Special Seminar in Machine Learning and Optimization Optimization methods for inverse problems: The times they are a-changin

Oct 22

Tuesday, October 22, 2019 - 11:45am to 12:45pm

Gross Hall 324

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Carlos Fernandez-Granda, Assistant Professor of Mathematics and Data Science

Sparsity-based methods for inverse problems gained widespread popularity in the 2000s when compressed-sensing theory provided groundbreaking insights on sparse recovery from randomized measurements. However, this theory does not explain the empirical success of sparse-recovery techniques in problems where the measurements are deterministic and structured. In the first half of this talk we will present a theory of sparse recovery for deterministic measurement operators relevant to optics, electroencephalography, quantitative magnetic-resonance imaging, and signal processing. In the second half we will illustrate the potential of deep neural networks in this domain with an application to super-resolution of line spectra. Deep learning techniques achieve remarkable empirical performance for a variety of inverse problems, but the mechanisms they implement are shrouded in mystery. We will conclude by showing that a local linear-algebraic analysis of a network trained for image denoising makes it possible to visualize some of the learned mechanisms, and reveals intriguing connections to traditional methodology.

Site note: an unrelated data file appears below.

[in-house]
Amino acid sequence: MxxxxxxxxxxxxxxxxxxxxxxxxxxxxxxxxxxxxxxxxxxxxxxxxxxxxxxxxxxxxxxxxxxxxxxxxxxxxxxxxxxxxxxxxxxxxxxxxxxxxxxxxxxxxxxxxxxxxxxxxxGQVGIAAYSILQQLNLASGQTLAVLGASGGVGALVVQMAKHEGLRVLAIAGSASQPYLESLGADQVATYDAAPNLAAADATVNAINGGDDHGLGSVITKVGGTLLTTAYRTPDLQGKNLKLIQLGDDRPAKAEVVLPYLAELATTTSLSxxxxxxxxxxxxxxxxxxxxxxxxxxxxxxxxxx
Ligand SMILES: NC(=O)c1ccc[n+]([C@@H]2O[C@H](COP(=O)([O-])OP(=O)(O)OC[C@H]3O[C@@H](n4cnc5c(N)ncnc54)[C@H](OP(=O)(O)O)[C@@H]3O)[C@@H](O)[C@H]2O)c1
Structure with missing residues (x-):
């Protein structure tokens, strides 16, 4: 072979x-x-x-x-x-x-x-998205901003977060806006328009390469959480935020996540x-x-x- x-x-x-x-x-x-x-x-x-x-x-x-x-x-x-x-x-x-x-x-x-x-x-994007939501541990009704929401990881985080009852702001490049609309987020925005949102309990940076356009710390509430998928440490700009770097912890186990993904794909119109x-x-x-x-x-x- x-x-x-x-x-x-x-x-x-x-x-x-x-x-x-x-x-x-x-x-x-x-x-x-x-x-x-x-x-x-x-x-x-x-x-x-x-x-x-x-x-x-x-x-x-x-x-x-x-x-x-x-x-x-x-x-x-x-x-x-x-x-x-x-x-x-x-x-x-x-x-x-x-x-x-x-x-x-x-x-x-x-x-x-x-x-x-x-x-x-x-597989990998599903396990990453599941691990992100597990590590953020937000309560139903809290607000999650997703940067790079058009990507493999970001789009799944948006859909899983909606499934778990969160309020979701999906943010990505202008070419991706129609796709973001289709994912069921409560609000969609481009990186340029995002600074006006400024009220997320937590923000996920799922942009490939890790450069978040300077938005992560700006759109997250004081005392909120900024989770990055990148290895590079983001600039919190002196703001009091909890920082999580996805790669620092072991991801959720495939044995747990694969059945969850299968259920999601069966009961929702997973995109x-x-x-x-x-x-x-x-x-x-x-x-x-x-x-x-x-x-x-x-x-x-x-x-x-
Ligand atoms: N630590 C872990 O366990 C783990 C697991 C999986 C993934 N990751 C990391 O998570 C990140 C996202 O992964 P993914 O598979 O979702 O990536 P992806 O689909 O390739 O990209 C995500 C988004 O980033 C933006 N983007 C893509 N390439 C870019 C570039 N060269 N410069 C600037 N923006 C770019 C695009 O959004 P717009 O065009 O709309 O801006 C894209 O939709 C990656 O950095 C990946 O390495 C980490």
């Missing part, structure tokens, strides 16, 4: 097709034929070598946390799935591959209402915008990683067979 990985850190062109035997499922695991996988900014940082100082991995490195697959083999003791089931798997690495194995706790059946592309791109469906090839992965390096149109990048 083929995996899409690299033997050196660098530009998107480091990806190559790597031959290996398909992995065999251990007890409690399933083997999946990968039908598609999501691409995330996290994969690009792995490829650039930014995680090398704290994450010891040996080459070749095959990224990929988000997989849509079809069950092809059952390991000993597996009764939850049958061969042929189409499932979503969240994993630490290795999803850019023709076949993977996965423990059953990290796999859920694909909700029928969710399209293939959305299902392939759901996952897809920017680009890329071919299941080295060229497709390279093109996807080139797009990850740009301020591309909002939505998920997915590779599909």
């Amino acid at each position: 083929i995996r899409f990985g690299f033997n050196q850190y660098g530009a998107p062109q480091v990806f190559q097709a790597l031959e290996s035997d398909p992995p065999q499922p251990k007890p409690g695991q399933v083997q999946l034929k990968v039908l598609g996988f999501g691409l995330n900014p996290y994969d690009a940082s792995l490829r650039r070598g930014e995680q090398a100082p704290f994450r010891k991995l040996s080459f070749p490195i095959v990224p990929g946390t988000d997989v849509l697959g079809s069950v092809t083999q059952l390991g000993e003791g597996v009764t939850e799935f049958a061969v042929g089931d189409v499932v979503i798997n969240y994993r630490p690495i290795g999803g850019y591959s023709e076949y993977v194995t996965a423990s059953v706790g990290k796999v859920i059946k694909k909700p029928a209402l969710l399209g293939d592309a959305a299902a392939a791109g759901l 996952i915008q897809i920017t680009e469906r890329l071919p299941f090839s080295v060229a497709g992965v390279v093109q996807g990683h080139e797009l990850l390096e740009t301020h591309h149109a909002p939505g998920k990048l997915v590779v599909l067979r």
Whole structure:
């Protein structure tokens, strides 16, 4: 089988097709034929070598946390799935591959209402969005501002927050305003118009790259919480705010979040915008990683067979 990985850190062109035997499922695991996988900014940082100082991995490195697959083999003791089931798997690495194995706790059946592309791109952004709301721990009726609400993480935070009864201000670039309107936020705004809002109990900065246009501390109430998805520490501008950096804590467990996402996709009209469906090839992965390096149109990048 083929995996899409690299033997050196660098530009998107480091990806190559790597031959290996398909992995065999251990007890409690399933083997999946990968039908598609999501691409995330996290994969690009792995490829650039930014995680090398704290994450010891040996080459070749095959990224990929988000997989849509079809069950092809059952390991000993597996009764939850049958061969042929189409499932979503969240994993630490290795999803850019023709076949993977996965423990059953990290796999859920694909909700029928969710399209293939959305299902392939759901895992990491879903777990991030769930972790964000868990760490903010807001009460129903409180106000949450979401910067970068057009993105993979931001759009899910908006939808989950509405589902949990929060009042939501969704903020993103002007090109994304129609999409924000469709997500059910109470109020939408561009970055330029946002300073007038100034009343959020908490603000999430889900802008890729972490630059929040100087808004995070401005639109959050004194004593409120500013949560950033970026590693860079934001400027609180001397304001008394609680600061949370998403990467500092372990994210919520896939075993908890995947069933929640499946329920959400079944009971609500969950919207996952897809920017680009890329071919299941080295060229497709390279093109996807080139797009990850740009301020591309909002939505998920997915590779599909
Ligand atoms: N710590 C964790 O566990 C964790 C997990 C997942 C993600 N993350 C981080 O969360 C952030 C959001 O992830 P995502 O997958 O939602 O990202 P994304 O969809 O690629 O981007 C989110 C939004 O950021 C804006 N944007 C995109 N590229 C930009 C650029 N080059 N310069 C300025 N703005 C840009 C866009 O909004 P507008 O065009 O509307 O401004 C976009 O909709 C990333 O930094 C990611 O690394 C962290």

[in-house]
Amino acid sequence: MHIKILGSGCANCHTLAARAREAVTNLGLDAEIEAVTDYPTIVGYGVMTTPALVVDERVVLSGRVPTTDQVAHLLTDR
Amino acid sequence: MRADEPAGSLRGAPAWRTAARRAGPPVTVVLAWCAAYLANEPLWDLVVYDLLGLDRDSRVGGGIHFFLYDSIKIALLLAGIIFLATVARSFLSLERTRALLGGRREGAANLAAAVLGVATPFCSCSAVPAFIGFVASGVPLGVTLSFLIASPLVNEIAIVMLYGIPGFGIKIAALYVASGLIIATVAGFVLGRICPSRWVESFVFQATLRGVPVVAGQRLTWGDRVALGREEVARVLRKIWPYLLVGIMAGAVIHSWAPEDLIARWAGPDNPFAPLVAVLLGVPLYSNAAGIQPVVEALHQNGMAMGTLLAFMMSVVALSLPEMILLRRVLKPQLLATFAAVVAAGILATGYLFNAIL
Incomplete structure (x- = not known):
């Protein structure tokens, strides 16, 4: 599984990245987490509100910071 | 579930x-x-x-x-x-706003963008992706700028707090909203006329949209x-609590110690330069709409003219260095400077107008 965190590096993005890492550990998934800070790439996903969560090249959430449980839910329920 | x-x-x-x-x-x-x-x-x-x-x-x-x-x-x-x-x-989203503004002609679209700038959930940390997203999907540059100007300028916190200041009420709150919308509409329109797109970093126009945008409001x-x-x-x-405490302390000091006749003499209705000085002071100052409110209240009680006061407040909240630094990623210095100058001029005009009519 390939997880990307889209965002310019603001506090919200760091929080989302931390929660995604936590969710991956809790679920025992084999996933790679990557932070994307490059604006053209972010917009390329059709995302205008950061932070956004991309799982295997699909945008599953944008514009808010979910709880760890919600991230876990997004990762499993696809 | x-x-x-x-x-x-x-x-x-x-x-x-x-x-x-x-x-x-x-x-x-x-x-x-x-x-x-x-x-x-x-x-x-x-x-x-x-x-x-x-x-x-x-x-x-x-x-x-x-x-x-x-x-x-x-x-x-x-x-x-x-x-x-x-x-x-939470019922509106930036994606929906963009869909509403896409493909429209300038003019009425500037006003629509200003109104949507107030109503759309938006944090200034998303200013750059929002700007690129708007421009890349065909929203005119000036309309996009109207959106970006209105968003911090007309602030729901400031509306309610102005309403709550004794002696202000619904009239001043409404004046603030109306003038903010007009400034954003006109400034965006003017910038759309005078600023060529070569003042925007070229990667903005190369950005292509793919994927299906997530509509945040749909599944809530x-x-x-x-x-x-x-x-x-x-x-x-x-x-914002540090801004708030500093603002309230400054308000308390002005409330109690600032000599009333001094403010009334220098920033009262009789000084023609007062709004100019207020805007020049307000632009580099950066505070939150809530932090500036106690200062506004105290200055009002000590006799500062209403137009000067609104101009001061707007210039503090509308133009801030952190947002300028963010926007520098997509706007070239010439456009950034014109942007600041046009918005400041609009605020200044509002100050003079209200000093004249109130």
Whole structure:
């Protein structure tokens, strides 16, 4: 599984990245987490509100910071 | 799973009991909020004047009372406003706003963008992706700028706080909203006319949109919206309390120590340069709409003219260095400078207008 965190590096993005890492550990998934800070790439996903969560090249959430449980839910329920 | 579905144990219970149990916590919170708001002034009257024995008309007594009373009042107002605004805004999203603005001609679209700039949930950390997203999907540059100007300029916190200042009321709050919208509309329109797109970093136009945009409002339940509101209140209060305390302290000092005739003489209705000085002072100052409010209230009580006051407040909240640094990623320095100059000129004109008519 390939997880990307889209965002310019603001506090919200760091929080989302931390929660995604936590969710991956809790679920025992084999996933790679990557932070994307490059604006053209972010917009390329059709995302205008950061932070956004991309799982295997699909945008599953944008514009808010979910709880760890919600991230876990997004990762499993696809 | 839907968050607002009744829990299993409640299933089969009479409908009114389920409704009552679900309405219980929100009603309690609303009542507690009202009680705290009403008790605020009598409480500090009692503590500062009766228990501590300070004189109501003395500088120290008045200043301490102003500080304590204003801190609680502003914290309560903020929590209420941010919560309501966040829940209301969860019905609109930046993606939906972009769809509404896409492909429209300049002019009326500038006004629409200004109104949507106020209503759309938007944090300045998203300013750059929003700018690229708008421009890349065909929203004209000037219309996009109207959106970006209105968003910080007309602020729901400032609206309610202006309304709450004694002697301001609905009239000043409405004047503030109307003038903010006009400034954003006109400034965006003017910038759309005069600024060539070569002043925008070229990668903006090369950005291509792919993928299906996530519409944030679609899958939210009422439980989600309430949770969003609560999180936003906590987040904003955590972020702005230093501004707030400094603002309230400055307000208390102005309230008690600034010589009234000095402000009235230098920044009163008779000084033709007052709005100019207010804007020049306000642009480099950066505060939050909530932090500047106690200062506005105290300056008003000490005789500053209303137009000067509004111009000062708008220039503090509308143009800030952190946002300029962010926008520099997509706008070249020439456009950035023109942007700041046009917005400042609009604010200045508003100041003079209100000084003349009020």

Dawn, Ariel